university
applied science
primary education
Netherlands
interview
scale construction
role behavior

Keywords

  • teacher educator
  • researcher

Cite this

Oolbekkink, H., Dengerink, J., Lunenberg, M. L., & Meijer, P. (2018). Teacher Educators as Researchers: the Dutch case. Abstract from AERA Conference 2018, New York, United States.
Oolbekkink, Helma ; Dengerink, J. ; Lunenberg, M.L. ; Meijer, Paulien. / Teacher Educators as Researchers: the Dutch case. Abstract from AERA Conference 2018, New York, United States.
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title = "Teacher Educators as Researchers: the Dutch case",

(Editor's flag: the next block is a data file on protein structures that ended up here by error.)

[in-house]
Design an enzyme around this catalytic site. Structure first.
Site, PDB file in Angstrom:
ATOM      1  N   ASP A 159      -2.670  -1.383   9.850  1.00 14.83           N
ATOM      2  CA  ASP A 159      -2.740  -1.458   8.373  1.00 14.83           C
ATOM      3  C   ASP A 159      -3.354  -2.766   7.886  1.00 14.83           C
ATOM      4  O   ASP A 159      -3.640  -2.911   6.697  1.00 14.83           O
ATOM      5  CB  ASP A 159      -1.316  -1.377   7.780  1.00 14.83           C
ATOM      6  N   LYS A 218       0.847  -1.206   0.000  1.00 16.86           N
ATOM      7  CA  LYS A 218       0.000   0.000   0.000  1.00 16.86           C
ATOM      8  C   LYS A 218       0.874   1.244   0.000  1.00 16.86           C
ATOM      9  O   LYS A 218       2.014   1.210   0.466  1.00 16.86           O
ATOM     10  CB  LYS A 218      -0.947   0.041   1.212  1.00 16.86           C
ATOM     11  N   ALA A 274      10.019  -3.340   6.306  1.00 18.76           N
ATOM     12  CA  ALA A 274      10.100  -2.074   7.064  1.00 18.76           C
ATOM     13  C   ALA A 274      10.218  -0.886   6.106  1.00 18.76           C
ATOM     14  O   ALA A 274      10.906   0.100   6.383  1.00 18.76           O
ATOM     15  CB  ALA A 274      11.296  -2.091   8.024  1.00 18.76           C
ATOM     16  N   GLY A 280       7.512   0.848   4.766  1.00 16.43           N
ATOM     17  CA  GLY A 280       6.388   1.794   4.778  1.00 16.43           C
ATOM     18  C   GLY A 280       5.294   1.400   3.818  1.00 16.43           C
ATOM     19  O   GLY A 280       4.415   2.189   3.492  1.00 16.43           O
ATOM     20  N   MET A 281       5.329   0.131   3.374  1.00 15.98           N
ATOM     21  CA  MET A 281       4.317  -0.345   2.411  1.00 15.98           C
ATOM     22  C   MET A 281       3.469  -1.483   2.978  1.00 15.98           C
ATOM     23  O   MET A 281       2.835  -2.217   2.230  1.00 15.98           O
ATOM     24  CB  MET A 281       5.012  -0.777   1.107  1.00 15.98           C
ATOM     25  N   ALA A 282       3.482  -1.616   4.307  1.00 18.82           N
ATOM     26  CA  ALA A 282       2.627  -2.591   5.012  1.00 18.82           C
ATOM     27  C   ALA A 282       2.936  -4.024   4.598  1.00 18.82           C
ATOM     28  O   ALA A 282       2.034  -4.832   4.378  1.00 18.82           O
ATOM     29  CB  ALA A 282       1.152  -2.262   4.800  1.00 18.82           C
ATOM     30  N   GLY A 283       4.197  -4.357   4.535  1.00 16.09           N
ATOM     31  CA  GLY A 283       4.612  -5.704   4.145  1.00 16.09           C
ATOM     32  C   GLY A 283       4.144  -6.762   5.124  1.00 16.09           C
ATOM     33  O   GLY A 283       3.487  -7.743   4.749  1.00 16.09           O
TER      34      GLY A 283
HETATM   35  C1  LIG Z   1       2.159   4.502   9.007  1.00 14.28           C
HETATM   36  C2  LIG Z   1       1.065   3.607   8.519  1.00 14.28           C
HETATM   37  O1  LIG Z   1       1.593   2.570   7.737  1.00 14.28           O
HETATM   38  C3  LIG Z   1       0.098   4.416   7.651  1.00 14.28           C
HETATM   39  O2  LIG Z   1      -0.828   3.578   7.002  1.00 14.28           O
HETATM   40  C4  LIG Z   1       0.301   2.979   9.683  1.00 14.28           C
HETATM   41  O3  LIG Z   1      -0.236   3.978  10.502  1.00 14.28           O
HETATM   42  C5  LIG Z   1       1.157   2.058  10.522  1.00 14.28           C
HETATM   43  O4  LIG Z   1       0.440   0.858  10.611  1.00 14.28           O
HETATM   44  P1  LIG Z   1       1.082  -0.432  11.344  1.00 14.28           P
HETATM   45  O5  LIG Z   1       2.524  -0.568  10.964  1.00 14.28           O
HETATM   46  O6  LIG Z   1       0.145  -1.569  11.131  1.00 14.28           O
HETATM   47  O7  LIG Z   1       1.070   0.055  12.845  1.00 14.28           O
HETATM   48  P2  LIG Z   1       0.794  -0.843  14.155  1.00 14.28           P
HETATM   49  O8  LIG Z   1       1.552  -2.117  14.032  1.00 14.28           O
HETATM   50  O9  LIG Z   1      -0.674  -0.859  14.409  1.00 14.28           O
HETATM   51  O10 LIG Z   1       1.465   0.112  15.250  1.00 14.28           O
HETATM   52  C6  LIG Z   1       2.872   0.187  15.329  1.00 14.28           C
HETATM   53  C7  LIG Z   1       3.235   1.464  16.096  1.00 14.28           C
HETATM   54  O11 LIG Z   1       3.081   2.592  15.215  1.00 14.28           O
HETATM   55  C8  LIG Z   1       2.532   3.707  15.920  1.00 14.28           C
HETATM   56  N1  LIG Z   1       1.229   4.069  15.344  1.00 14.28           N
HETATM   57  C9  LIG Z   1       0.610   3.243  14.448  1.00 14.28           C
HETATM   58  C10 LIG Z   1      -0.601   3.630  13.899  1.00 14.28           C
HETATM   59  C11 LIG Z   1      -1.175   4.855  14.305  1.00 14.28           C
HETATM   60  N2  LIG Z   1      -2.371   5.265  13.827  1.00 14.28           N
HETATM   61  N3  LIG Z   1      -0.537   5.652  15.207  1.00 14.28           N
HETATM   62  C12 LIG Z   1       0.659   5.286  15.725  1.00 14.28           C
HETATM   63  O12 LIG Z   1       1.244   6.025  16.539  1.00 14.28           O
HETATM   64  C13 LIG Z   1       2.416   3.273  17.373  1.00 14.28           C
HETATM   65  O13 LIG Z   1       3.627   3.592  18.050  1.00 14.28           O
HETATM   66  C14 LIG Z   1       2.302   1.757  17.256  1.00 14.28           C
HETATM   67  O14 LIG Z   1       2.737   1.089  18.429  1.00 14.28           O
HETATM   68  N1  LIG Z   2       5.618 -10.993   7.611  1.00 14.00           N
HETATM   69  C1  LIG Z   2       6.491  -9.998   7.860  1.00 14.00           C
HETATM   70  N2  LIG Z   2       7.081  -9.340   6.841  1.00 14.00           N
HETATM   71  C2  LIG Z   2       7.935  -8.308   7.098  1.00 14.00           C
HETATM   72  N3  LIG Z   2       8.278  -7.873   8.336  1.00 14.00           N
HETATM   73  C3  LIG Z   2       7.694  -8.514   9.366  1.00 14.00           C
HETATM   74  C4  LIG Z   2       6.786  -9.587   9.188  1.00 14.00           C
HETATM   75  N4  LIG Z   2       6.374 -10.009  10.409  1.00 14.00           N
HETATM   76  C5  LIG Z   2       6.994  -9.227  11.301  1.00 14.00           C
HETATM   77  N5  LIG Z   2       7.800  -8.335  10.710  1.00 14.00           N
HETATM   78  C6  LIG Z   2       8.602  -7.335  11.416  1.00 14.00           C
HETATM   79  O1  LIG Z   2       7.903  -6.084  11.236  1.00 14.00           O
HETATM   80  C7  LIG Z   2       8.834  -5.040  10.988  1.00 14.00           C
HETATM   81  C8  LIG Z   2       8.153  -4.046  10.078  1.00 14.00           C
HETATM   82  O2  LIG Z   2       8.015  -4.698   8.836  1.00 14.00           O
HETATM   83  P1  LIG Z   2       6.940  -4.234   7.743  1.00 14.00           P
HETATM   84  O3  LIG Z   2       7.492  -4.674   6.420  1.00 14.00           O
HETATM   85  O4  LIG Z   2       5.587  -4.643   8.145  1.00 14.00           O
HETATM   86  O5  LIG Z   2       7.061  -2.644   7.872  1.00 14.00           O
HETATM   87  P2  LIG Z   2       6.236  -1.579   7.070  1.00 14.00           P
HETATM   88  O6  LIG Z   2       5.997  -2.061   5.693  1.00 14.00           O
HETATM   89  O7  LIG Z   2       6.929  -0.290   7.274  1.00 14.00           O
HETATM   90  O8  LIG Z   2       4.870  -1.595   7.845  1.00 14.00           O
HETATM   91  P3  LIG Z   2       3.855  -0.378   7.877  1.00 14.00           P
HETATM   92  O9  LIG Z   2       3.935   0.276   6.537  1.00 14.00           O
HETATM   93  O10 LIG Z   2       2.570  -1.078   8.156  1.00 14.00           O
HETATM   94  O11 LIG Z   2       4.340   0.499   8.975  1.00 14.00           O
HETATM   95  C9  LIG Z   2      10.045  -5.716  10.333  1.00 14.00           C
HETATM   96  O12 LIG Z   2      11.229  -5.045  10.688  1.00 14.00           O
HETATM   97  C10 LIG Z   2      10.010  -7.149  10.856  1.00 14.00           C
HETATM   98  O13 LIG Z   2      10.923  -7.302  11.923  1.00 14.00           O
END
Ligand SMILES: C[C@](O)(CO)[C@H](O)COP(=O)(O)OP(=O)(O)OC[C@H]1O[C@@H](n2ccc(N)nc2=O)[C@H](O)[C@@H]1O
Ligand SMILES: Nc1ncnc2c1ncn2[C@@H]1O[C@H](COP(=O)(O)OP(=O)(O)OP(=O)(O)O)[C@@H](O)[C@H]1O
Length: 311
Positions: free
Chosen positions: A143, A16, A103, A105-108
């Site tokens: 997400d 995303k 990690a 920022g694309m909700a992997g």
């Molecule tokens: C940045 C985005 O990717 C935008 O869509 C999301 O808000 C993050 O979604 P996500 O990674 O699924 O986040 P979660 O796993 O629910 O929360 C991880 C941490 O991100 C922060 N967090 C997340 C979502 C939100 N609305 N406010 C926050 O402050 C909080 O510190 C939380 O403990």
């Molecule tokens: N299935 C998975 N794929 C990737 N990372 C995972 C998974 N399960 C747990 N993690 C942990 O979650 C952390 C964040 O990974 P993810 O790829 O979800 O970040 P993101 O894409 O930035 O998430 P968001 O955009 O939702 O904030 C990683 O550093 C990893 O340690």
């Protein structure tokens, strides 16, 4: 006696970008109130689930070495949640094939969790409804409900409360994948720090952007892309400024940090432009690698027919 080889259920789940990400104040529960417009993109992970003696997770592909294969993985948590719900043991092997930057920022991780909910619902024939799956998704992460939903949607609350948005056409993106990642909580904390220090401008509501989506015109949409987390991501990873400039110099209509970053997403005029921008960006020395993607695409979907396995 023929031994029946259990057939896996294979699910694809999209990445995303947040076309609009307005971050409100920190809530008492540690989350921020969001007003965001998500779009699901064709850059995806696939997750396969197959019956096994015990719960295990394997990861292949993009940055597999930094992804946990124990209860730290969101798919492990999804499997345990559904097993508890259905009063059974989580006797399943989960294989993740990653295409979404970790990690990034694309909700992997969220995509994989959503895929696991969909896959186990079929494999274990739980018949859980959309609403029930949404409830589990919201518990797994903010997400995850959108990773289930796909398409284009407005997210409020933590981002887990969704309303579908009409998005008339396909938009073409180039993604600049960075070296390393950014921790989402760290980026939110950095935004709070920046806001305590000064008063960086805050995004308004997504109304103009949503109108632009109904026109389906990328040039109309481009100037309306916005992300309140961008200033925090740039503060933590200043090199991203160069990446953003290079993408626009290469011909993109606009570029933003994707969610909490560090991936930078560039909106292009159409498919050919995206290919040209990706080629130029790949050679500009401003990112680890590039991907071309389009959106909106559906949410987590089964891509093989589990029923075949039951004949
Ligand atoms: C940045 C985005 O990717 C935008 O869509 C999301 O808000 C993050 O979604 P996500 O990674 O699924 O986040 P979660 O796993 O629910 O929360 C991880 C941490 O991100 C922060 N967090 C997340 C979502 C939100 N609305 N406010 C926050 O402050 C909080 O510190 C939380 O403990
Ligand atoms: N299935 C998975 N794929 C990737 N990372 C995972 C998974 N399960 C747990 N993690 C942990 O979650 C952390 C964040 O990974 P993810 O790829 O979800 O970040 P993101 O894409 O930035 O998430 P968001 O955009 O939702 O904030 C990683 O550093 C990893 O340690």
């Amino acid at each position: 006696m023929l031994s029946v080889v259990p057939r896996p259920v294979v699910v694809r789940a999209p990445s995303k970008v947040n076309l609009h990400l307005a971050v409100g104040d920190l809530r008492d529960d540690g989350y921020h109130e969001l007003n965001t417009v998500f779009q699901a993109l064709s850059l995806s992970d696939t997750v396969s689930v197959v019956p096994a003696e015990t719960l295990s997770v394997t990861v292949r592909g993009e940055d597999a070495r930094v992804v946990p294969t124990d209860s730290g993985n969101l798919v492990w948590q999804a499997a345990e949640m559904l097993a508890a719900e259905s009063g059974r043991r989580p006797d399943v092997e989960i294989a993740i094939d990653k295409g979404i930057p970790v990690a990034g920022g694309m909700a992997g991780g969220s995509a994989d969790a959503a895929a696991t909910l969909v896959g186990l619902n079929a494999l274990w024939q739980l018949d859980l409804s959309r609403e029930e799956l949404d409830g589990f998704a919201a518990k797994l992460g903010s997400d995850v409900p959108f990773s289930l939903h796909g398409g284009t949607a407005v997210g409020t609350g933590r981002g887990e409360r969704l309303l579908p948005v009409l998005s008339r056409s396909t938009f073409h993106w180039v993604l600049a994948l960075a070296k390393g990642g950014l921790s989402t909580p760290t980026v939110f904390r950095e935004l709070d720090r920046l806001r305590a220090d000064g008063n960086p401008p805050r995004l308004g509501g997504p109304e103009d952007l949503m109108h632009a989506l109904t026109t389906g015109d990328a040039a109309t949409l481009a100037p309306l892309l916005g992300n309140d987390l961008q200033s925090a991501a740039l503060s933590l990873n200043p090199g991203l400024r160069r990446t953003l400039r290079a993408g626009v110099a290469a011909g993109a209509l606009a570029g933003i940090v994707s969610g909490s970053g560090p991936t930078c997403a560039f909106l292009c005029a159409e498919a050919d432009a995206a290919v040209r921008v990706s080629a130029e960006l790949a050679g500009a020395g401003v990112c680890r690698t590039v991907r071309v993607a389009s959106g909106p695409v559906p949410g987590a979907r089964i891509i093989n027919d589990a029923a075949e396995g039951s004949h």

abstract = "Objectives: In Dutch teacher education, the development of researcherly dispositions of teacher educators (and student teachers) is increasingly valued, but specific insights in these dispositions and in critical aspects that support teacher educators’ professional development regarding research are still missing. The aim of this study is to offer these insights in relation to possible affordances which encourage teacher educators to further develop researcherly dispositions and to use research in their practices. Perspectives: Tack et al. (2014) define researcherly disposition as the tendency to engage in research, an inclination towards research (affective aspect), an ability to engage in research (cognitive aspect), and a sensitivity for research opportunities (behavioral aspect). Contextual factors as clear institutional expectations, a shared institutional research culture, availability of time and a perspective on rewards are considered essential to support teacher educator development in their role as researcher (Lunenberg et al., 2014). Methods: In this study we used a mixed methods approach. In order to gain a broad understanding of teacher educators’ dispositions towards research, we used a structured questionnaire. Respondents were 350 Dutch primary and secondary education teacher educators. Items based on TERDS (Tack & Vanderlinde, 2016) were clustered. Analyses were performed using descriptive statistics (ANOVA). In order to gain an in-depth understanding of teacher educator’s researcherly disposition and relevant affordances, we conducted semi-structured interviews with 11 teacher educators. Interviews were audiotaped and transcribed verbatim. Inductive analyses were performed using Atlas-ti.Results Results: of the questionnaire data show that Dutch teacher educators lag behind their colleagues in other countries in researchly dispositions especially regarding the affective and behavioral aspects. But take into account the selective sample, esp.in other countries. Within the Netherlands differences in all aspects of researcherly dispositions are related to prior education of teacher educators, especially having a PhD. Also teacher educators who not only work in initial teacher education, but also in continuous professional development (CPD) activities, have stronger researchly dispositions. Teacher educators who qualify themselves mainly as a teacher, as opposed to an academic or a teacher educator, are scoring lower regarding researchly dispositions. Differences in cognitive and behavioral aspects of researcherly dispositions are also related to working in a research university or in a college (university of applied sciences). Teacher educators for primary education (in NL in colleges) score relatively high on the affective aspect, and teacher educators in research universities relatively high on the cognitive aspect. Both groups are also scoring relatively high on the behavioral aspect, referring to a type 3 or 4 researching teacher educator. Which may lead to a conclusion that there may be two strands which lead to actually conducting research, a cognitive strand and an affective strand. But further research is needed about the type of research they are conducting.Results of the interviews indicated that most teacher educators are overall positive about research in relation to their practice as a teacher educator (affective dimension). Most of them have report the ability to use research in their practice as teacher educators (cognitive ability). However, teacher educators vary in the extent to which they use and are sensitive to research in their practice and are actually conducting research (behavioral aspect). Teacher educators who carry out research do not study their own practice as teacher educators. The context in which teacher educators work plays an important role in the behavioral aspect of teacher educators researcherly disposition. In research universities, teacher educators with a PhD are expected to participate in existing research projects. Teacher educators without a Ph.D. feel the pressure to obtain it. These university-based teacher educators are more interested in studying their own practice, but feel institutional indifference towards such an approach. Universities of applied science value inquiry as a stance, but most teacher educators who are supervising student research have no experience in practitioner research themselves. Scientific significance: This study contributes to our understanding of Dutch teacher educators’ researcherly disposition in relation to affordances. References Lunenberg, M., Dengerink, J., & Korthagen, F. (2014). The professional teacher educator: Roles, behaviour, and professional development of teacher educators. Rotterdam, Netherlands: Sense Publishers.Tack, H. & Vanderlinde, R. (2014). Teacher educators’ professional development: Towards a typology of teacher educators’ researcherly disposition. British Journal of Educational Studies, 62(3), 297-315. Tack, H. & Vanderlinde, R. (2016). Measuring Teacher Educators’ Researcherly Disposition: Item Development and Scale Construction. Vocations and Learning, 9(1), 43-62. DOI 10.1007/s12186-016-9148-5",